In order to effectively foster the adoption of blockchain solutions to supply chain problems, there must be a common set of standards that are globally recognised, concluded a US House of Representatives committee.
The US committee on science, space and technology met in May to discuss leveraging blockchain technology to improve management in the supply chain and combat counterfeit goods.
Recognising the benefits to both public and private sector, the hearing discussed challenges and solutions – such as RFID and X-ray technology. They also heard about companies that had simply rebranded database projects to feed off the hype.
It was agreed that education is still required for the development of standards, and that many players are “fairly early on in the blockchain world.”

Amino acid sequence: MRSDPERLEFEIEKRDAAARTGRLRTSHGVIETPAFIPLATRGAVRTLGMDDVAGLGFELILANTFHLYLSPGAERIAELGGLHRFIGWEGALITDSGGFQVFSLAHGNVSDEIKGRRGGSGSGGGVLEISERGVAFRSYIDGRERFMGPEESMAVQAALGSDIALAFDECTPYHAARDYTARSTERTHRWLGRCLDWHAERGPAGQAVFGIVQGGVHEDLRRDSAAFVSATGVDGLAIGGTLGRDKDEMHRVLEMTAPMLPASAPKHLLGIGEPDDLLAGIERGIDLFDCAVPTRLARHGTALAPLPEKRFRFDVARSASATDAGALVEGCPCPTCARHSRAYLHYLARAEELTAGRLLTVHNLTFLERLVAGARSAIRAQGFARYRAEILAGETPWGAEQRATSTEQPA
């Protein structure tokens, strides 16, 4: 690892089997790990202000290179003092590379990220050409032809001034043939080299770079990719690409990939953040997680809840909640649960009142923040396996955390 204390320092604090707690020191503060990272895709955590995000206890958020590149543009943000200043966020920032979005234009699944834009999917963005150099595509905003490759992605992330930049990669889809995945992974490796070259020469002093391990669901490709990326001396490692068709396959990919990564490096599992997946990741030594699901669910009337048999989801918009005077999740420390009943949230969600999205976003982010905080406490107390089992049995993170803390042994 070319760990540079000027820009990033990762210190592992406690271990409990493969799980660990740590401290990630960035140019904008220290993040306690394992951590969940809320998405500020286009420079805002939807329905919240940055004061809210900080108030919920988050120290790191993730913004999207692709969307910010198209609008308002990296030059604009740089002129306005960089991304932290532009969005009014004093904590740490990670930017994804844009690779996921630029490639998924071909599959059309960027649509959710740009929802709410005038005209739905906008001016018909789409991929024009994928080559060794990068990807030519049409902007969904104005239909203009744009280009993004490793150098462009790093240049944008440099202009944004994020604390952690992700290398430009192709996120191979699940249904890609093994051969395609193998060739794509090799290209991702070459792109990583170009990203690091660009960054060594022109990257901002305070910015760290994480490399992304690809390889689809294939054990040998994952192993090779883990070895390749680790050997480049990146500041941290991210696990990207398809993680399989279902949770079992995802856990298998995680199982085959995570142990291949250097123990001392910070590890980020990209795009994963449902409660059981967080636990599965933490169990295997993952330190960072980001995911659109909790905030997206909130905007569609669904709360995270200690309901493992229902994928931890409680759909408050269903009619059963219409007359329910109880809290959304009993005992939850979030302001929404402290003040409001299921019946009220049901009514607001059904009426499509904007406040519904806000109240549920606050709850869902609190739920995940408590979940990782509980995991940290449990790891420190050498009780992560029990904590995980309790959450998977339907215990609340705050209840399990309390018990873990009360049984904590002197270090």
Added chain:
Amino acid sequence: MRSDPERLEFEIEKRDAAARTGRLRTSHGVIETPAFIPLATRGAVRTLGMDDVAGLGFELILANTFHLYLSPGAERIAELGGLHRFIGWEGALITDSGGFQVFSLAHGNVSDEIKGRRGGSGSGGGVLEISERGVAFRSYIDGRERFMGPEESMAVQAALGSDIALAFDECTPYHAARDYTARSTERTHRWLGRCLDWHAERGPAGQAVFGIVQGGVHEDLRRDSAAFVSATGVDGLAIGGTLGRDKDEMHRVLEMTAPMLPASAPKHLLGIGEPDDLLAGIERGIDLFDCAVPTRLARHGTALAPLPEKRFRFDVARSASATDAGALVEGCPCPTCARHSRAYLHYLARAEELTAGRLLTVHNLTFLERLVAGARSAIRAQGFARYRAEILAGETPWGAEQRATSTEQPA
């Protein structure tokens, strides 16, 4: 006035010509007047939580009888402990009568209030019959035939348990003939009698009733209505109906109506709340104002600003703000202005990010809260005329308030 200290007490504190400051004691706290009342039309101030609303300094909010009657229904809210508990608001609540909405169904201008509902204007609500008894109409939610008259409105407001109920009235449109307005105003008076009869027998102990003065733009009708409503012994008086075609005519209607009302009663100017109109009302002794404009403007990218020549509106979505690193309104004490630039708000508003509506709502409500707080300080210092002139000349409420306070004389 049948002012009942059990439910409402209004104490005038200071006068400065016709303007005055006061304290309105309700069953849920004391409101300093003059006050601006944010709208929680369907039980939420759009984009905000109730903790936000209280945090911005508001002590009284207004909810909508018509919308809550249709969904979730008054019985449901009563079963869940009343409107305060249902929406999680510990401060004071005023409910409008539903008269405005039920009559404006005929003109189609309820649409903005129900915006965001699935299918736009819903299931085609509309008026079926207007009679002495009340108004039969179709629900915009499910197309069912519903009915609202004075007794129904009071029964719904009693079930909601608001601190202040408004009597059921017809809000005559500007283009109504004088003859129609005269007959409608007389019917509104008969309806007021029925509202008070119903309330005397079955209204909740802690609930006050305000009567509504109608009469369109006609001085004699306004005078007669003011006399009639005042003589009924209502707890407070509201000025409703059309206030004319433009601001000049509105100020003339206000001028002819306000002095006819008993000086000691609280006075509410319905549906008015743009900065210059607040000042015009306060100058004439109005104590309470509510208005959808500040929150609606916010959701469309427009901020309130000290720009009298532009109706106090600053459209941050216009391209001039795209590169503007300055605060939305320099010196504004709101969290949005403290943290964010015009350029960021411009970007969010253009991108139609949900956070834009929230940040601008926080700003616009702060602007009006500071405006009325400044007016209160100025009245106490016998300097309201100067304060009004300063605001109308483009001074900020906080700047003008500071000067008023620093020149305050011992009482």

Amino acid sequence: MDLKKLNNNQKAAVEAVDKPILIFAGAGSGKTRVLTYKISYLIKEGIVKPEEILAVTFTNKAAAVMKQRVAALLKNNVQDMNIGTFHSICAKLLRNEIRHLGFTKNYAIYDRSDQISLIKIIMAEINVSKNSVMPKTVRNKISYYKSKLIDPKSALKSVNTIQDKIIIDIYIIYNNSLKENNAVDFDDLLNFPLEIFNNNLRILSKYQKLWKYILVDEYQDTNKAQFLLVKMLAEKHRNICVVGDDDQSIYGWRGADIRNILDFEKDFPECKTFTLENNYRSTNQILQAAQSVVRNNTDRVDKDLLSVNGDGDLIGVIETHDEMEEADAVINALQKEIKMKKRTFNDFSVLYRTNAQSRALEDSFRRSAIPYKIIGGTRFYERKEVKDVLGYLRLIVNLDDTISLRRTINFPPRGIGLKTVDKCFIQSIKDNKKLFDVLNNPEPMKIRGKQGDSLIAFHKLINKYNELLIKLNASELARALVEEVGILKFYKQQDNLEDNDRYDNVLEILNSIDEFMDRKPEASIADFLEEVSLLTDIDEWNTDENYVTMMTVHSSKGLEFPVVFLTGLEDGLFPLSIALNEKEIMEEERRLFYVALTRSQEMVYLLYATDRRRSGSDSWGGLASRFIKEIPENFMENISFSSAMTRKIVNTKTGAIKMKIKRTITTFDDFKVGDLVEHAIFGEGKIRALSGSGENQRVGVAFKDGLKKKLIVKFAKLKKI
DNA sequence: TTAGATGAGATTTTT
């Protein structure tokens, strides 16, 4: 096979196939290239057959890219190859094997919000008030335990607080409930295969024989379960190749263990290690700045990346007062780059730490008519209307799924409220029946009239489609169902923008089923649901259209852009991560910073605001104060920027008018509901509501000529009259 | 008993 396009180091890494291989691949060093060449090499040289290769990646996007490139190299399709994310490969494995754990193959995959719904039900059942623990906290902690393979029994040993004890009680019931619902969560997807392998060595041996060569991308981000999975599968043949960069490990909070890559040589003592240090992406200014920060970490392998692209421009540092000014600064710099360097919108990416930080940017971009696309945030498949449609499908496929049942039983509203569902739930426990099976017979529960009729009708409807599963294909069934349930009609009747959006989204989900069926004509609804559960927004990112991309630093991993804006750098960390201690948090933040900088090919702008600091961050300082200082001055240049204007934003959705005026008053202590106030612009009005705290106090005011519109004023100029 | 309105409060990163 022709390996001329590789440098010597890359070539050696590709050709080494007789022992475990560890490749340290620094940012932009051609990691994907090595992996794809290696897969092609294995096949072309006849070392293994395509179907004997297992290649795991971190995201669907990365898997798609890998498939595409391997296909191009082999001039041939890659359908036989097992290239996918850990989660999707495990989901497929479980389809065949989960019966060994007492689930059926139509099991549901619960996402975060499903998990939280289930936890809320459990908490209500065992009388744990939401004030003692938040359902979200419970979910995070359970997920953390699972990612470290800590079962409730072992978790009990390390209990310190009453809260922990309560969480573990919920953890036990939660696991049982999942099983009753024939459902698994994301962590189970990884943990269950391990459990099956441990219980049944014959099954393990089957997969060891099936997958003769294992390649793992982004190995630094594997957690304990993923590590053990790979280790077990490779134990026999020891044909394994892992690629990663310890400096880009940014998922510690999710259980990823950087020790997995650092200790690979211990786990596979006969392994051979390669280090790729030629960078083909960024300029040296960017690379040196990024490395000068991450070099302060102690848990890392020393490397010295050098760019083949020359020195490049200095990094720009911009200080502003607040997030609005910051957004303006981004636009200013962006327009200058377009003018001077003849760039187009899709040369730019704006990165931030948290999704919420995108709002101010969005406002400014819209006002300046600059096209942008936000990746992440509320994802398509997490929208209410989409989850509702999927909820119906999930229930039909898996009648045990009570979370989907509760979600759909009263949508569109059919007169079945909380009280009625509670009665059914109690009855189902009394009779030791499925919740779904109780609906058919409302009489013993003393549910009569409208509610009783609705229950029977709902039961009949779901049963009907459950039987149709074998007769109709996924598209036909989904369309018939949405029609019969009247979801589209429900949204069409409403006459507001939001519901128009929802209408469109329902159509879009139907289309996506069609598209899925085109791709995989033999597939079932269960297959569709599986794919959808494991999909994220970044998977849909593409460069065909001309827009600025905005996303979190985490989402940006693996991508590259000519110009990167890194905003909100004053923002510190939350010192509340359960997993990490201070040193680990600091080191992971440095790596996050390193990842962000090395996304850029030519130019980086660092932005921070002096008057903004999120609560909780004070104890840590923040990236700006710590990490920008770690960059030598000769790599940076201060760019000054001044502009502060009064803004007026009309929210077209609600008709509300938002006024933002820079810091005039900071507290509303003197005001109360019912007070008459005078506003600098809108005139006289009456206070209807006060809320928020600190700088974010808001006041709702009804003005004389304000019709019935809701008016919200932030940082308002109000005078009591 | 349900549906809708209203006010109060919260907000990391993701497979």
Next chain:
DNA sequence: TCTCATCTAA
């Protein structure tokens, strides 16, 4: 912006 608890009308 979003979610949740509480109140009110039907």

Douglas Maughan, cyber security division director in Homeland Security, said the US was in a leading position to push blockchain, but added: “I don’t know if we’re going to be out in front because you can’t do blockchain by yourself.”
The committee heard from businesses of ways that blockchain can be used to enhance security and improve efficiency.
Luv N’ Care, which makes baby products, has experienced counterfeit goods being sold online – some not safe for use. Because they are shipped directly to customers, the company – and US customs – cannot easily deal with the fake products.
Blockchain could highlight these issues, said Maersk’s head of trade digitisation Michael White, adding that “an open and neutral industry platform… is by far the best way to drive efficient, transparent and secure global trade”.